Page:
09 April 2010

Defending the indefensible

Is this really the new direction of neoconservatism?

In the wake of allegations of rampant corruption in the recent Afghan election -- an election he won, by the way -- Afghani president Hamid Karzai went off the deep end. Under both internal and external pressure to account for the accusations of rampant corruption underlying the most recent elections that put him back in power, Karzai went ballistic, accusing Western nations (read: the U.S. and Britain) of engineering voter fraud in last year's Afghan elections.

Karzai relies on tens of thousands of American and NATO forces to prop up his government. This charge of foreign corruption was ridiculous enough.

Last week, however, Karzai dropped his last marble, at least twice saying publicly that he might join the Taliban if foreign countries continued to pressure him.

If you care about national security, it goes without saying that this was extraordinarily alarming.

In response to Karzai's threats, the Obama administration rightfully called his comments "troubling," and publicly reprimanded him for his foolish rhetoric. There is a school of thought within the foreign policy establishment that Karzai is attempting to curry favor with some of the more pro-Taliban elements of the Afghani parliament.

The administration was exactly right to dress down Karzai, who is lucky that the United States has supported him so fiercely.

Karzai runs a laughably corrupt government in a famously corrupt nation. Last year, the nongovernmental organization Transparency International ranked Karzai's Afghanistan 176th out of 180 countries in their annual assessment of the degree to which corruption is perceived to exist among public officials. Obama is exactly right to demand that Karzai keep his own house in order, so that America can generate support for the allied effort to eliminate Taliban support in the country's more remote regions.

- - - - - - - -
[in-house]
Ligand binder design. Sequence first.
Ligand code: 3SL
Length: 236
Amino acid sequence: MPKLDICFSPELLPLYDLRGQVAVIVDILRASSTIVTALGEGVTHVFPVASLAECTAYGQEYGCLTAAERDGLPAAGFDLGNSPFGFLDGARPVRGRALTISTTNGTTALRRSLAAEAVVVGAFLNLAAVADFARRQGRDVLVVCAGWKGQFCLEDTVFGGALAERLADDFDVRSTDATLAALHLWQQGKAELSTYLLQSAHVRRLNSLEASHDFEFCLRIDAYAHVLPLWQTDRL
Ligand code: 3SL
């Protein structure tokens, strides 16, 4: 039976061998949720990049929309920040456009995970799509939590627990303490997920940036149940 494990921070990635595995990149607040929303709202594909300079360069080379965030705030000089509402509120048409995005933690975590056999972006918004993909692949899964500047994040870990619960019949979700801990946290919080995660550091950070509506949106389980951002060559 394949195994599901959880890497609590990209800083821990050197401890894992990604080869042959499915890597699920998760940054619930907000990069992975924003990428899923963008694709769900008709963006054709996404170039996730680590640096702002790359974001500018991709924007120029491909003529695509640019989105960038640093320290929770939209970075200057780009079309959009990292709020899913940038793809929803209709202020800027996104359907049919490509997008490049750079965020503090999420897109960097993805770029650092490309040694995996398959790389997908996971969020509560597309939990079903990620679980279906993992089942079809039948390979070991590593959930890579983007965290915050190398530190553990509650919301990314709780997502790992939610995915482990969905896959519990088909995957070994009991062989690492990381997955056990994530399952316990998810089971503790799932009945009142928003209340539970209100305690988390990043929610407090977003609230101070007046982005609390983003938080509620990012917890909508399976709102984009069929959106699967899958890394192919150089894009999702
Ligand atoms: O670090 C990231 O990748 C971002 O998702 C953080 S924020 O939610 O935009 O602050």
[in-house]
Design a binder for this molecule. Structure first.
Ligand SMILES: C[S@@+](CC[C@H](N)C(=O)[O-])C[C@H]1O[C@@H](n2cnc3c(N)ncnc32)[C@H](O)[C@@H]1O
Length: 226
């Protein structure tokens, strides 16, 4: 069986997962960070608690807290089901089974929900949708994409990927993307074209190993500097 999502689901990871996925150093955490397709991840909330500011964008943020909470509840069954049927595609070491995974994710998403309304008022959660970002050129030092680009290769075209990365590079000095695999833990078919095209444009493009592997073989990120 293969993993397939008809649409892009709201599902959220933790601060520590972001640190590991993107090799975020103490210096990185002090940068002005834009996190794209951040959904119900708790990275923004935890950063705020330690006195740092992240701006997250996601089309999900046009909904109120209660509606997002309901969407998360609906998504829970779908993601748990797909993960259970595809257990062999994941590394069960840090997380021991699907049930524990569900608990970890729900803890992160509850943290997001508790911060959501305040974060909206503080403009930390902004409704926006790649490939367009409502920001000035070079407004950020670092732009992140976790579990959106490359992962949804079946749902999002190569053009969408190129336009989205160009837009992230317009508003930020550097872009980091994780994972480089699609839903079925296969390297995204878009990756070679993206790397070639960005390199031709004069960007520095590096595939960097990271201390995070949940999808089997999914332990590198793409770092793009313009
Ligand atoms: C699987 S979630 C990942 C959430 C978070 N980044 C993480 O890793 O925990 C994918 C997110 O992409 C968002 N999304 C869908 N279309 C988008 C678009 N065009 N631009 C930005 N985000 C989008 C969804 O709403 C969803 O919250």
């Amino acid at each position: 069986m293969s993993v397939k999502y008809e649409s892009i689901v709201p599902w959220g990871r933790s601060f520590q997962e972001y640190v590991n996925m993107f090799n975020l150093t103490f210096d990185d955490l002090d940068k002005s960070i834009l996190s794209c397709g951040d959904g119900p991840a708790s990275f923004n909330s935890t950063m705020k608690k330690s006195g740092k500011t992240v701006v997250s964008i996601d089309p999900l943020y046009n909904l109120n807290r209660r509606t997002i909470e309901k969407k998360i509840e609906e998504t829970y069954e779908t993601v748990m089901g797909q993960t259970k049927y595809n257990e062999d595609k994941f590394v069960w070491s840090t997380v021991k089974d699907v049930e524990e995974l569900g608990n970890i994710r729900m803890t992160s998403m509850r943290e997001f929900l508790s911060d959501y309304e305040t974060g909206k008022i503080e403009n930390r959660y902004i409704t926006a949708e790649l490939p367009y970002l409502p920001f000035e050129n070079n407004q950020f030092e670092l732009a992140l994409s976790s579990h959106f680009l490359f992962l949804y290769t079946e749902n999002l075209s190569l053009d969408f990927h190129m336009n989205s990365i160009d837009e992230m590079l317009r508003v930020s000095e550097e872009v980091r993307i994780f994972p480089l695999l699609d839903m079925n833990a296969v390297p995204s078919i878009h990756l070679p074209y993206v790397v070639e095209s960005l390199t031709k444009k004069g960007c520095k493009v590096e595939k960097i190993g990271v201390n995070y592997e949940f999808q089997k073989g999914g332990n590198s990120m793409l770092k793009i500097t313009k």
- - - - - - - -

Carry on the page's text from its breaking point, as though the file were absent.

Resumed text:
Liz Cheney -- echoed by others on the right who hysterically, reflexively oppose everything this administration does -- accused the president of "abandoning our allies." Sarah Palin got into the act herself, accusing Obama of "coddling enemies" (whatever that means) and "alienating allies."

Really? The audacity of this line of attack against Obama is incomprehensible. I wonder if Cheney, et al. think about how ridiculous this argument sounds before they hit the airwaves or the speaking circuit to begin blasting away?

If Bush and her father were still in power, Cheney would be on Fox News calling for Karzai's head. Karzai publicly slapped Obama in the face, defying the American institution that has provided him such critical support in the face of excruciatingly slow progress not only building legitimate democratic institutions in Afghanistan, but in fighting off the Taliban.

Instead, Obama Derangement Syndrome has gripped this vile woman so severely that she is actually attacking a sitting American president for reprimanding a foreign leader who threatened to join forces with the group responsible for the greatest atrocity ever inflicted on American soil.

No comments: